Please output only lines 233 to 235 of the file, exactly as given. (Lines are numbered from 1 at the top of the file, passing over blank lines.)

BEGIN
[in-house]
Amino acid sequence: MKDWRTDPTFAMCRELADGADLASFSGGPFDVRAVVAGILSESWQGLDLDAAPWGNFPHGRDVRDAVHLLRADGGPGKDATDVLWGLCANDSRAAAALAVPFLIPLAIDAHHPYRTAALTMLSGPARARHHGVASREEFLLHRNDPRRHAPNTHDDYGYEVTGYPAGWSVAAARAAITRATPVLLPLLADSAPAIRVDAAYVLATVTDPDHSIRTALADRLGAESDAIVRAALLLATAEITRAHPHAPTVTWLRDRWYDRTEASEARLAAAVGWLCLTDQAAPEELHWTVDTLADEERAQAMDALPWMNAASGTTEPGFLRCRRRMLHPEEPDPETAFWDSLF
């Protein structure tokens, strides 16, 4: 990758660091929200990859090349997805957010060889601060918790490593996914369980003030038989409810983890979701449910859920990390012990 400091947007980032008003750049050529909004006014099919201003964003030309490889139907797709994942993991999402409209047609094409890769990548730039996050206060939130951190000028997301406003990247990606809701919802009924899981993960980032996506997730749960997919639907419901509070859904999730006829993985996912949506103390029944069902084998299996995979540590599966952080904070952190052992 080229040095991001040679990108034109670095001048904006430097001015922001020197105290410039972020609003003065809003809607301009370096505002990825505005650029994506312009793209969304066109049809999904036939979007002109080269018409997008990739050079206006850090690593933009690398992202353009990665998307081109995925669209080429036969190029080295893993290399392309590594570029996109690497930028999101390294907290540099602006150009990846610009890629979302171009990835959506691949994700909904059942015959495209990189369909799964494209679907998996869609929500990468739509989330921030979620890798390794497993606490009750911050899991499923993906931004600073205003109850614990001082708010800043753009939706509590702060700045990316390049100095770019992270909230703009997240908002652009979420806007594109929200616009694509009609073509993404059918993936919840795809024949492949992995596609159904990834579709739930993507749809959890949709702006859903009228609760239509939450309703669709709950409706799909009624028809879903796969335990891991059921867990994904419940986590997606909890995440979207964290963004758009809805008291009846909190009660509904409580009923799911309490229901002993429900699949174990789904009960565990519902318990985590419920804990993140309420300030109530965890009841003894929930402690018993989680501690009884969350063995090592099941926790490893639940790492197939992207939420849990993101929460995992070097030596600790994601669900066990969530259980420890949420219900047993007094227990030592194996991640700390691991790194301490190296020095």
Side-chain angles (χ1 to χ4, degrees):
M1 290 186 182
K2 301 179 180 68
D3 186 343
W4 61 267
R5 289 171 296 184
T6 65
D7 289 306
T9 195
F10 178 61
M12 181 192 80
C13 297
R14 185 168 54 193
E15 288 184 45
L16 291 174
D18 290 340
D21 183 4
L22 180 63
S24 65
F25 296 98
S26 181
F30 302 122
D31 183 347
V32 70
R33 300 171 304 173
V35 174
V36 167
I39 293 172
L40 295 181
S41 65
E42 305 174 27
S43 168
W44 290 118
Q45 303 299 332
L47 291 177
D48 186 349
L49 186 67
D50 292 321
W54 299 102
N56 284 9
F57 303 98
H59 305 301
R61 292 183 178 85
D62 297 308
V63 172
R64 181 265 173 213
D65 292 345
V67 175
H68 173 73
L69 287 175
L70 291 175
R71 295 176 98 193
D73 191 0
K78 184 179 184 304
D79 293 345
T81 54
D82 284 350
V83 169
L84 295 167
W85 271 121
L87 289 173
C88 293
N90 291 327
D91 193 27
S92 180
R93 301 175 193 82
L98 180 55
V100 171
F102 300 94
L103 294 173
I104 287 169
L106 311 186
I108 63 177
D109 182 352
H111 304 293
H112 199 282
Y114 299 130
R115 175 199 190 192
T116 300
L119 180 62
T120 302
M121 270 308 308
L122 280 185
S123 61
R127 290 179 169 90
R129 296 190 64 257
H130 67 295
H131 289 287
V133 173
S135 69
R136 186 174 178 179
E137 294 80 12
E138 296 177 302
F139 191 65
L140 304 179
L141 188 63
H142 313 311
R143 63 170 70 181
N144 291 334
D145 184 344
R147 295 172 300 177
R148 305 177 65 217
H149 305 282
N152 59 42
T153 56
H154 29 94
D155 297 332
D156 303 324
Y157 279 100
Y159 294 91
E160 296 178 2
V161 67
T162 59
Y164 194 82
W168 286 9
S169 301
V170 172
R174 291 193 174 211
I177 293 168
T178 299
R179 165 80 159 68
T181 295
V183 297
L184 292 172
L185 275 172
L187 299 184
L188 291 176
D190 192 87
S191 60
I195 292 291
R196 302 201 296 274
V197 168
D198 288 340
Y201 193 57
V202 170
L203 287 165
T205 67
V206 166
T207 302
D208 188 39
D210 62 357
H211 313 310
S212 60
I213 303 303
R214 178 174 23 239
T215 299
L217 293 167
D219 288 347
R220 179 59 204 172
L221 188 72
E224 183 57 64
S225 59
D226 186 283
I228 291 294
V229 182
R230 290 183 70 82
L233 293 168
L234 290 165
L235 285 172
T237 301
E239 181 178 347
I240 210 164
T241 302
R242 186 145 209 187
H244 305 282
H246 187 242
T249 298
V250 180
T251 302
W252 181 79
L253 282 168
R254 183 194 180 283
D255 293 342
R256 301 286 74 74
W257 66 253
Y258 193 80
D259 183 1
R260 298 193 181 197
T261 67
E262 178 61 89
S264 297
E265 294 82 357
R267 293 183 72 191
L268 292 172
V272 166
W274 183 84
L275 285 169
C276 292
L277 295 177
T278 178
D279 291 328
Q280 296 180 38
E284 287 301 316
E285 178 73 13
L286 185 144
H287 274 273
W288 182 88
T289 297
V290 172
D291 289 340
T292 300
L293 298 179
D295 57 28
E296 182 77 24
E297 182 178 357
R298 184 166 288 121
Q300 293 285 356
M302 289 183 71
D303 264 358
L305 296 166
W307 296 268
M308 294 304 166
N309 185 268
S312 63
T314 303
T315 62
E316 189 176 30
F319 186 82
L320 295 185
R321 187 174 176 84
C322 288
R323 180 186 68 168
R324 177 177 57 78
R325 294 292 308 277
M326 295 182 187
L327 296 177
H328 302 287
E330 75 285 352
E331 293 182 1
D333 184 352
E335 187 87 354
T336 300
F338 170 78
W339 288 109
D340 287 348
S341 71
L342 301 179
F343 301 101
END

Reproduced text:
D333 184 352
E335 187 87 354
T336 300